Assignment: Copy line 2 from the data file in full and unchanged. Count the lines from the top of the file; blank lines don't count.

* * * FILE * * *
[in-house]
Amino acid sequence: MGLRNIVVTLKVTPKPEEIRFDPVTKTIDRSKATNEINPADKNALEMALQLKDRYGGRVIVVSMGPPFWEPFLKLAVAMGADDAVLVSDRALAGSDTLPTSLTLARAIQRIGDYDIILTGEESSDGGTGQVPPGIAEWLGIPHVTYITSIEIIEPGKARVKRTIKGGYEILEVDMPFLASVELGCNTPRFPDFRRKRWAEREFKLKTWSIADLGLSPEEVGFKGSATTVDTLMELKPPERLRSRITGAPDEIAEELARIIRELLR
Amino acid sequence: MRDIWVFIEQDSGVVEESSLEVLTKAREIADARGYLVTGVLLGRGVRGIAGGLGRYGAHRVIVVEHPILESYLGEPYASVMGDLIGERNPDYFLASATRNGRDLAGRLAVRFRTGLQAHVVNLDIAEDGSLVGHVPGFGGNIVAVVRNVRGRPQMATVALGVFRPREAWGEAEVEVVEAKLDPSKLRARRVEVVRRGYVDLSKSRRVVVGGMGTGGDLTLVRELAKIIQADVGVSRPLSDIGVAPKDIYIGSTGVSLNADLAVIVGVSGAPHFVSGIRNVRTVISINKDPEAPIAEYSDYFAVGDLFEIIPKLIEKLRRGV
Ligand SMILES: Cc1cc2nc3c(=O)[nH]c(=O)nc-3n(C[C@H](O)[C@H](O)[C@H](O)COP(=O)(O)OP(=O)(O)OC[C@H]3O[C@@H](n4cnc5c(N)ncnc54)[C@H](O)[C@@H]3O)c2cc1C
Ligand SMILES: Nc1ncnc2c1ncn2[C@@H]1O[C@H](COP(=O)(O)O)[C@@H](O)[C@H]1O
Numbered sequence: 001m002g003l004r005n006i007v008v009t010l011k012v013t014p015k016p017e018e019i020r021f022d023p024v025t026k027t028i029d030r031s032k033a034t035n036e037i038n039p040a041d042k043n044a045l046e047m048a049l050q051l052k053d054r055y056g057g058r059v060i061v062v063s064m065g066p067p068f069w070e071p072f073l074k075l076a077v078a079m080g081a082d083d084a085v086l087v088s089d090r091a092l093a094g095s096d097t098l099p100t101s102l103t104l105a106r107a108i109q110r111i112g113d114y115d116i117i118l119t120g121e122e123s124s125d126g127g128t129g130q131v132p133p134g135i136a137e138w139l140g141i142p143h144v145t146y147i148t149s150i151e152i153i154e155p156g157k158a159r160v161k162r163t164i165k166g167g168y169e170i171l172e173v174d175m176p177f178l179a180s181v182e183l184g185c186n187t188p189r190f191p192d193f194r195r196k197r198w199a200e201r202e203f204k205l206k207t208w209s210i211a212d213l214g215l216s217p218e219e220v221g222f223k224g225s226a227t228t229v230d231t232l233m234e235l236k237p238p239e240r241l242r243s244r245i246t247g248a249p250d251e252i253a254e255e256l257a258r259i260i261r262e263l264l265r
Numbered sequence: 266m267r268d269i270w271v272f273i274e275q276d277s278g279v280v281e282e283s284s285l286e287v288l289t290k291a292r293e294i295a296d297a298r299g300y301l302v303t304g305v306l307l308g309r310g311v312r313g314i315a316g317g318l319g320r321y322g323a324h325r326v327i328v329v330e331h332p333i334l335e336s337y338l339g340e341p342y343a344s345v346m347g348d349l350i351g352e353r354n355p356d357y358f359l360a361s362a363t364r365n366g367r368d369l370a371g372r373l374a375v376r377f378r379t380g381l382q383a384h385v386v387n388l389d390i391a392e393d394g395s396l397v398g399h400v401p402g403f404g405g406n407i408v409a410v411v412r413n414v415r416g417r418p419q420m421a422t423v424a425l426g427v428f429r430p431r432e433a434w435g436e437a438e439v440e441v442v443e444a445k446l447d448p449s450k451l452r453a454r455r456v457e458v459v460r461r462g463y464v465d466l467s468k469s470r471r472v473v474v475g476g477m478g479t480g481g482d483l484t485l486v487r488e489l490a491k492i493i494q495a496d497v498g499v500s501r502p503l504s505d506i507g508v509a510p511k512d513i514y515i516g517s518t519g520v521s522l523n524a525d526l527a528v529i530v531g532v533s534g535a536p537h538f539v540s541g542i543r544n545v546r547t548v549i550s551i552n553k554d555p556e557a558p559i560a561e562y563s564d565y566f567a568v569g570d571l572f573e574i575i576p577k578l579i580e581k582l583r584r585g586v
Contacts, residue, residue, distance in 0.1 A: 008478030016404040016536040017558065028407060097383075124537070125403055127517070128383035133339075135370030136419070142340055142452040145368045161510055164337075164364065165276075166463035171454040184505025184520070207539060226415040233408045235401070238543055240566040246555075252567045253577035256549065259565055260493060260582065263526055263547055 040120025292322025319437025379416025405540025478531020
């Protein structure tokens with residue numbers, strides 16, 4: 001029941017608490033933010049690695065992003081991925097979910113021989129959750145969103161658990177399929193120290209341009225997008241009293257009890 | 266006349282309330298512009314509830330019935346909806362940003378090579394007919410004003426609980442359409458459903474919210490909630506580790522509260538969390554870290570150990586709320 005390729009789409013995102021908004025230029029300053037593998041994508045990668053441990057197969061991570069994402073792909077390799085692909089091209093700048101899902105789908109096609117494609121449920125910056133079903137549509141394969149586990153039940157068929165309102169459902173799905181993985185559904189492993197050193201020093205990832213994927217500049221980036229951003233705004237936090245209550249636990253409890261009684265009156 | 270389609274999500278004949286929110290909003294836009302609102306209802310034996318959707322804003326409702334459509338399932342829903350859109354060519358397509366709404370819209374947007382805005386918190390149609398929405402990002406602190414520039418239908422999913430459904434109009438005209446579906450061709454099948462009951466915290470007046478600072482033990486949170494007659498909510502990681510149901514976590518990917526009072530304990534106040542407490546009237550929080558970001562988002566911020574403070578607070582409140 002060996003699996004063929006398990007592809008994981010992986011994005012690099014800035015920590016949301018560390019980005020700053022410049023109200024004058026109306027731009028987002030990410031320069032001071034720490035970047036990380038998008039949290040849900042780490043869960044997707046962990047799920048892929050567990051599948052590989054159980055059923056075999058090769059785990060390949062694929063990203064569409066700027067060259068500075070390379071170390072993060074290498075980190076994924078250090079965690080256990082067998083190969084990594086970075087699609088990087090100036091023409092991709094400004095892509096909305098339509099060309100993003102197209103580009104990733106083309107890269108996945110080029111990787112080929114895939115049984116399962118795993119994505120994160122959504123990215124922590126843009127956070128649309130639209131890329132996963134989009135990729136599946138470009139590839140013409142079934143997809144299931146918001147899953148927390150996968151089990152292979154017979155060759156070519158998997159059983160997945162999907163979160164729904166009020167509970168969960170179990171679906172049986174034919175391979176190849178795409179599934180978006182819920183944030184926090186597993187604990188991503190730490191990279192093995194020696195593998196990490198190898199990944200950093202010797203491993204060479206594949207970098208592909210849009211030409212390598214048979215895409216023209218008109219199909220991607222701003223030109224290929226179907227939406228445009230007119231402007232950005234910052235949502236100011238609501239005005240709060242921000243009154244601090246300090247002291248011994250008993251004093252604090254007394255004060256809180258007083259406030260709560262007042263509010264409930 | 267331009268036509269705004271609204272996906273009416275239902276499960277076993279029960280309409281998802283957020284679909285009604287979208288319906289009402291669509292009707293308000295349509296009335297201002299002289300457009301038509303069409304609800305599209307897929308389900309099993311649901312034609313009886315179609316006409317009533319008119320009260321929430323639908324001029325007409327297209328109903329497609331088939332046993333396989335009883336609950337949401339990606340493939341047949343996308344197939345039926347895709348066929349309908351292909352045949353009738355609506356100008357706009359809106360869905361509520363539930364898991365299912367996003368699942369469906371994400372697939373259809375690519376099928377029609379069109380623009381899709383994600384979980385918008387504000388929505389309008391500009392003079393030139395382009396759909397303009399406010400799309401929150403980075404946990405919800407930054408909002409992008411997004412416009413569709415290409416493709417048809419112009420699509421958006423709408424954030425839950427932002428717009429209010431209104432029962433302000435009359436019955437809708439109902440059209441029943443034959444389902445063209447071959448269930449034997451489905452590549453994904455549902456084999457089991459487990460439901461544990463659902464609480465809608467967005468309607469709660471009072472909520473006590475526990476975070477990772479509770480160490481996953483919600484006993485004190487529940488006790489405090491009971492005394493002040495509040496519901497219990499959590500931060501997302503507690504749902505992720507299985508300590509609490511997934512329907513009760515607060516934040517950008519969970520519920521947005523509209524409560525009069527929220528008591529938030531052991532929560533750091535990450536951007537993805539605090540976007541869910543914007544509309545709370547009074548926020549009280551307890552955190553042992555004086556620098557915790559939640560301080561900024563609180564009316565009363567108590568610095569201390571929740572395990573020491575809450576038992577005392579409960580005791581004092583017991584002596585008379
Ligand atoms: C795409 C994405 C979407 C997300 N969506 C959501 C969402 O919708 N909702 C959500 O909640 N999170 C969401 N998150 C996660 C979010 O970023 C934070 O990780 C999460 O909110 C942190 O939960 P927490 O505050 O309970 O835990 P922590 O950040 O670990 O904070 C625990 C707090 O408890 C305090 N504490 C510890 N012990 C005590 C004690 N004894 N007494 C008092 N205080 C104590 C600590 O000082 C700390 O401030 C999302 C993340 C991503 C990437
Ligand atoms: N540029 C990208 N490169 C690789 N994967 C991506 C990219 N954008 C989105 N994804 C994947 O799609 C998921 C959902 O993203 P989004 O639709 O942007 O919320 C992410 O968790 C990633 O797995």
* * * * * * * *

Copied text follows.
Amino acid sequence: MGLRNIVVTLKVTPKPEEIRFDPVTKTIDRSKATNEINPADKNALEMALQLKDRYGGRVIVVSMGPPFWEPFLKLAVAMGADDAVLVSDRALAGSDTLPTSLTLARAIQRIGDYDIILTGEESSDGGTGQVPPGIAEWLGIPHVTYITSIEIIEPGKARVKRTIKGGYEILEVDMPFLASVELGCNTPRFPDFRRKRWAEREFKLKTWSIADLGLSPEEVGFKGSATTVDTLMELKPPERLRSRITGAPDEIAEELARIIRELLR